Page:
It may be quicker to send the pics as an attachment, and I do that within Windows XP. If you save the pictures into a folder on your computer, and in my computer- open up the file and just click on the picture- On the LH side of the screen you can E-Mail the file you have clicked on. Click on E-Mail this file and it will come up with a screen in which you can make the pictures smaller. "OK" That and it will come up with an E-mail with the picture as an attachment and hopefully it will be below 100kbs so you can send it as an attachment to 50+. Open the picture in your photo viewer and save the file - say on your desktop. you can then access it to send in the attach files section of your reply.

    If you still find difficulty in doing that- Then send DG a PM and get him to explain to you how to do it. If that does not confuse you- then Get him to make up a powerpoint presentation for you. If you still have problems- Get one of your 12 year old students to do it for you. Computers and programming the micro wave seem to be their speciality.
    How long was I in the army? Five foot seven.


    Spike Milligan

  10. #10
    Email for new group DnvrFox's Avatar
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    search for irfanview.com (free and very useful in other ways) which allows you to resize to any size you would like, and then to save the picture to any degree of compression needed.

    I use irfanview.com to resize all of the pictures in the Rogue's Gallery - some of them come to me in huge multi megabyte files about 15 inches across! I resize to 450 pixels wide and about 40-50 kilobytes.

    Or, send them to me, and I will post for you, or use the suggested links to photobucket or some other web page.
    Last edited by DnvrFox; 09-08-06 at 03:37 PM.
    Gone - email me at dnvrfox@aol.com for new group of old 50+ folks

  11. #11
    I need more cowbell. Digital Gee's Avatar
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    Quote Originally Posted by stapfam

    If you still find difficulty in doing that- Then send DG a PM and get him to explain to you how to do it. If that does not confuse you- then Get him to make up a powerpoint presentation for you.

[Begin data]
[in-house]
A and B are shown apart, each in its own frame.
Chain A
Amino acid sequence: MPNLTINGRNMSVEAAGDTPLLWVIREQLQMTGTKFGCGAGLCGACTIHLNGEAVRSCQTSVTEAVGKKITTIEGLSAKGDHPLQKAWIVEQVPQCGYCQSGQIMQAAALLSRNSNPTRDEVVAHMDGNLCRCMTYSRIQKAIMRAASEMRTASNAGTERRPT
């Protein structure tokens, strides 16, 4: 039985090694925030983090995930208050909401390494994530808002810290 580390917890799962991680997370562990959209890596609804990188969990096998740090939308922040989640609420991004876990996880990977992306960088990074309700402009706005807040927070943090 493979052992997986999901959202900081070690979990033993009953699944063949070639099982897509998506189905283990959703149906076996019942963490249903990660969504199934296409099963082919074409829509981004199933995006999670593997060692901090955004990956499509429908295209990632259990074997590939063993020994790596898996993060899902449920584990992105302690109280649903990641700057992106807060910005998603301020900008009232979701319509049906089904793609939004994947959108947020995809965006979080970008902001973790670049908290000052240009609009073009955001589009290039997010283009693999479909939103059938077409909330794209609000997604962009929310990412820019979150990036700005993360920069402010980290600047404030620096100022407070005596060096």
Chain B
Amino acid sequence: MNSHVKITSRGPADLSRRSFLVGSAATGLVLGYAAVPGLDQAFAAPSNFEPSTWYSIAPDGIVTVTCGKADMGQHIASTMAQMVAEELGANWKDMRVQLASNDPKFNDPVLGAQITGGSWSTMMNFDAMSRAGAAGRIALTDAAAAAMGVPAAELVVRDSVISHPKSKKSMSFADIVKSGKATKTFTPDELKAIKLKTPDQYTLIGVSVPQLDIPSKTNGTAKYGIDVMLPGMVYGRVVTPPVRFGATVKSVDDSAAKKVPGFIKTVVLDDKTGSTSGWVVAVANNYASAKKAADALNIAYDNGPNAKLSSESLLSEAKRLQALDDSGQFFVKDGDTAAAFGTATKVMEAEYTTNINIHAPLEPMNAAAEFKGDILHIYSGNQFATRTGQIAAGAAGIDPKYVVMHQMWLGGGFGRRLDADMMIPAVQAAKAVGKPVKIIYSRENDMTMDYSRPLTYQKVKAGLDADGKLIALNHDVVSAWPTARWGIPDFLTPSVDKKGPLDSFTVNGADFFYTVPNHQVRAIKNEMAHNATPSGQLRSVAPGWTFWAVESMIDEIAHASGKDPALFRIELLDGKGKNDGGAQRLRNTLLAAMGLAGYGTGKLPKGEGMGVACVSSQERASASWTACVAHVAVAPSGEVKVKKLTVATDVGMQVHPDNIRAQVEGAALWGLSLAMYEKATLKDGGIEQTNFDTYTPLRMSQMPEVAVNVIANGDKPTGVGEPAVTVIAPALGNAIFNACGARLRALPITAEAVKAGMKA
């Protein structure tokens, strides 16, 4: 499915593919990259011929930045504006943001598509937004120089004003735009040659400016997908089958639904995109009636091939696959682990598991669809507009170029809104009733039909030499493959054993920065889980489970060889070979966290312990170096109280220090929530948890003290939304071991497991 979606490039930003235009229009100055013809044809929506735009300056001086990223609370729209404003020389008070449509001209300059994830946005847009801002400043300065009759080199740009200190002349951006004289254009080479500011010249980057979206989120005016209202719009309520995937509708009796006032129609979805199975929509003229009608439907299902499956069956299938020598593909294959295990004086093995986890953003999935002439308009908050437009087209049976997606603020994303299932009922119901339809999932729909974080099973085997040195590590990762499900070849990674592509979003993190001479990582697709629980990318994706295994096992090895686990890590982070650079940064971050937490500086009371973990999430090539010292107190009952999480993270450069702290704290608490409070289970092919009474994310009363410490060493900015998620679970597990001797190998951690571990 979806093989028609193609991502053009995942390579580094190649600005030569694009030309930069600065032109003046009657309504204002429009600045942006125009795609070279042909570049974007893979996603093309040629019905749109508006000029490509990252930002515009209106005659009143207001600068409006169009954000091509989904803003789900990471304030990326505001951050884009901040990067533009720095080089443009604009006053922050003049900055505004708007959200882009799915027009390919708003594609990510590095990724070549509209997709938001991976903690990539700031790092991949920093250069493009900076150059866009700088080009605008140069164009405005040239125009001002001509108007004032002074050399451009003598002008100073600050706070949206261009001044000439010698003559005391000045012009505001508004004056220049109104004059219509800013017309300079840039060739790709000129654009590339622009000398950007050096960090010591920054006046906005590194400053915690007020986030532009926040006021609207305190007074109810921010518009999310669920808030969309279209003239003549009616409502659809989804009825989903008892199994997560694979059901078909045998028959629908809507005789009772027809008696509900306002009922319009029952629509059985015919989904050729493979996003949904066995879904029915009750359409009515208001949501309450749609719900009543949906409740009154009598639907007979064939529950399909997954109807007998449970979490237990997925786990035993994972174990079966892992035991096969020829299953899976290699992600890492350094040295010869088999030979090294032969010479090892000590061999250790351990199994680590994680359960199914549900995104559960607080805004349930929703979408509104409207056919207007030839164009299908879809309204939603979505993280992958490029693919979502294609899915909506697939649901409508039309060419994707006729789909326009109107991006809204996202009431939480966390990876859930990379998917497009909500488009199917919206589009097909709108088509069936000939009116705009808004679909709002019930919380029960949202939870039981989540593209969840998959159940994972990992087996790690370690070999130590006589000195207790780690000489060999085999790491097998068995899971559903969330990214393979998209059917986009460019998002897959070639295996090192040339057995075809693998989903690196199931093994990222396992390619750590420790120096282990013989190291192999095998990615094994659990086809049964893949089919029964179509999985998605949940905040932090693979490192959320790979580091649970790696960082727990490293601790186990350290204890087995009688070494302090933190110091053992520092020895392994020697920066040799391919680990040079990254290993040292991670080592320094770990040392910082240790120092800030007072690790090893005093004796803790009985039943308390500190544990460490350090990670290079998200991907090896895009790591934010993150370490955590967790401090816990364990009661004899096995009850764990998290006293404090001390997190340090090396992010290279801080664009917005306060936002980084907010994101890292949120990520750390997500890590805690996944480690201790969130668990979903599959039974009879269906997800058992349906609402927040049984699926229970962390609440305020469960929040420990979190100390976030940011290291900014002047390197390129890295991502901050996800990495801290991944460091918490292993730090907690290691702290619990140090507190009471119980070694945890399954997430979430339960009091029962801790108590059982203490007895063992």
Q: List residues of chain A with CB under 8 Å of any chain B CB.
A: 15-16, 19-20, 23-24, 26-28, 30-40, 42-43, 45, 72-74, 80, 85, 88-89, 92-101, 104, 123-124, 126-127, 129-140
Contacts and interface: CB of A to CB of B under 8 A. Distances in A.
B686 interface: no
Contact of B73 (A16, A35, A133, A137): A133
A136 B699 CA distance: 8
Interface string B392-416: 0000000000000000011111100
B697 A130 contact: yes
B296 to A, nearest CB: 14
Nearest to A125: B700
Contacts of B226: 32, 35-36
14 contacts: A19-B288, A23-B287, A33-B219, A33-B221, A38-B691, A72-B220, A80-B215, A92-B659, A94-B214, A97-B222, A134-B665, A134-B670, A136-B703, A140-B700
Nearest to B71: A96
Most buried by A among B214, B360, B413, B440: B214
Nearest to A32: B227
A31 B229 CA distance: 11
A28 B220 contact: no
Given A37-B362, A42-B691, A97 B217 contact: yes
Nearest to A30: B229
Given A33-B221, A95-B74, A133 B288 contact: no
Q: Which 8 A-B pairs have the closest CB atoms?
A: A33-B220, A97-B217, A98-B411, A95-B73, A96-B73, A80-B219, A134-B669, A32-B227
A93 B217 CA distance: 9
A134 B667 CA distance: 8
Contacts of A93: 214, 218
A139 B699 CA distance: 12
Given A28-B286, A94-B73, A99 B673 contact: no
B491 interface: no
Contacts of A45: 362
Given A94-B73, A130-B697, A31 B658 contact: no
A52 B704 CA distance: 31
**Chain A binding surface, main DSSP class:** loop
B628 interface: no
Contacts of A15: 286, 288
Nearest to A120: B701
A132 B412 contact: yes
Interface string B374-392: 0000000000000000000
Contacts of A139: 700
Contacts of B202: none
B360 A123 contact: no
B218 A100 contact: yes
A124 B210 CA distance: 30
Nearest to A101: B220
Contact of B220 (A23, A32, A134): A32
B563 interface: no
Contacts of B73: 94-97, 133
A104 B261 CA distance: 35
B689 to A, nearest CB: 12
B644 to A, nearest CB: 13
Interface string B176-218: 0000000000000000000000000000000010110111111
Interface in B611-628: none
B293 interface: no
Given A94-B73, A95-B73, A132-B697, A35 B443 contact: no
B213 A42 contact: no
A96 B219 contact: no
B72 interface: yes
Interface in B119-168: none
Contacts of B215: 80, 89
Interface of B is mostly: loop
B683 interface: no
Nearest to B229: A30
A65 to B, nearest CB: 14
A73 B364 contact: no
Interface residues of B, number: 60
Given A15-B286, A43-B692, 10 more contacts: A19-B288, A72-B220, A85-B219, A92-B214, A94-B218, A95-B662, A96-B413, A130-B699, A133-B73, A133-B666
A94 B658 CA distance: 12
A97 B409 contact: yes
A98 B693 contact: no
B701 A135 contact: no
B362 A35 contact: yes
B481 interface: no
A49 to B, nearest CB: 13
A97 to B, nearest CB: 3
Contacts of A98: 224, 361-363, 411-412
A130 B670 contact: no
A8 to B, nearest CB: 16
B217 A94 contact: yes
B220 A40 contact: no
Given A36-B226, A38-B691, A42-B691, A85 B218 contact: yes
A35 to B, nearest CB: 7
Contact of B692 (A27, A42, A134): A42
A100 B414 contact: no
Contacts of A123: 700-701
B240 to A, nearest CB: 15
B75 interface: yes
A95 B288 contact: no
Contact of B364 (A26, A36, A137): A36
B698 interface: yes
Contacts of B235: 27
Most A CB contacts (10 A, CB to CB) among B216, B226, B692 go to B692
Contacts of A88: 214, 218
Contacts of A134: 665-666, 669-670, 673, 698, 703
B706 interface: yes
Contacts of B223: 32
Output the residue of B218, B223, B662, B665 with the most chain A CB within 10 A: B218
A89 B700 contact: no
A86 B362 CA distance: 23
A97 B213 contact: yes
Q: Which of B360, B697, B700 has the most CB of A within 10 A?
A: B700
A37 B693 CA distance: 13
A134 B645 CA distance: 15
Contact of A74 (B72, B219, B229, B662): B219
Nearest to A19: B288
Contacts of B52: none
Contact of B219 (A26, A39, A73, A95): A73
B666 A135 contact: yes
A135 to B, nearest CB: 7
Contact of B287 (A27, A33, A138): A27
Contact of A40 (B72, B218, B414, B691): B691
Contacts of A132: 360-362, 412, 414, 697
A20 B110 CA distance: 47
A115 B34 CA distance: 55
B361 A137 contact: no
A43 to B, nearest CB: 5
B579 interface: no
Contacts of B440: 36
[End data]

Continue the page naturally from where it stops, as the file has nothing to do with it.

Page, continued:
Hey!
    Visit my blog! The Leadership Almanac
    2012 Masi Evoluzione
    2009 Specialized Globe Vienna 2

    Proud member of the original Club Tombay

  12. #12
    Senior Member Terex's Avatar
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    This is a good thread. I get to Germany from time to time, and the most I've ever done is gone skiing - silly me! Maybe I can find a nice carbon Isaac (well Brit/German) in the Munich area. I've had no trouble finding beer in the Munich area, so bikes should be easy as well. German beer in Germany - good, Brit beer in Britland, good, American beer in the US, good, Australian beer in the Great Oz - ptooie! Maybe their bikes are better...I did get a good cycling jersey from Jones Cycles in Brisbane though!

  13. #13
    Dharma Dog lhbernhardt's Avatar
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    While waiting for my real job to start, I've been working as a wrench and sales guy at a local bike shop during the summer. The guy that manages the shop has been in the business for about 30 years. We recently sold a couple of bikes to a British couple. They flew in, picked up the bikes, and left to do some touring around BC and the Pacific Northwest, then fly home with the bikes. My friend the bike shop manager says that they'll probably sell the bikes in England. Evidently, bikes are way cheaper in North America (for equivalent quality) than in Europe.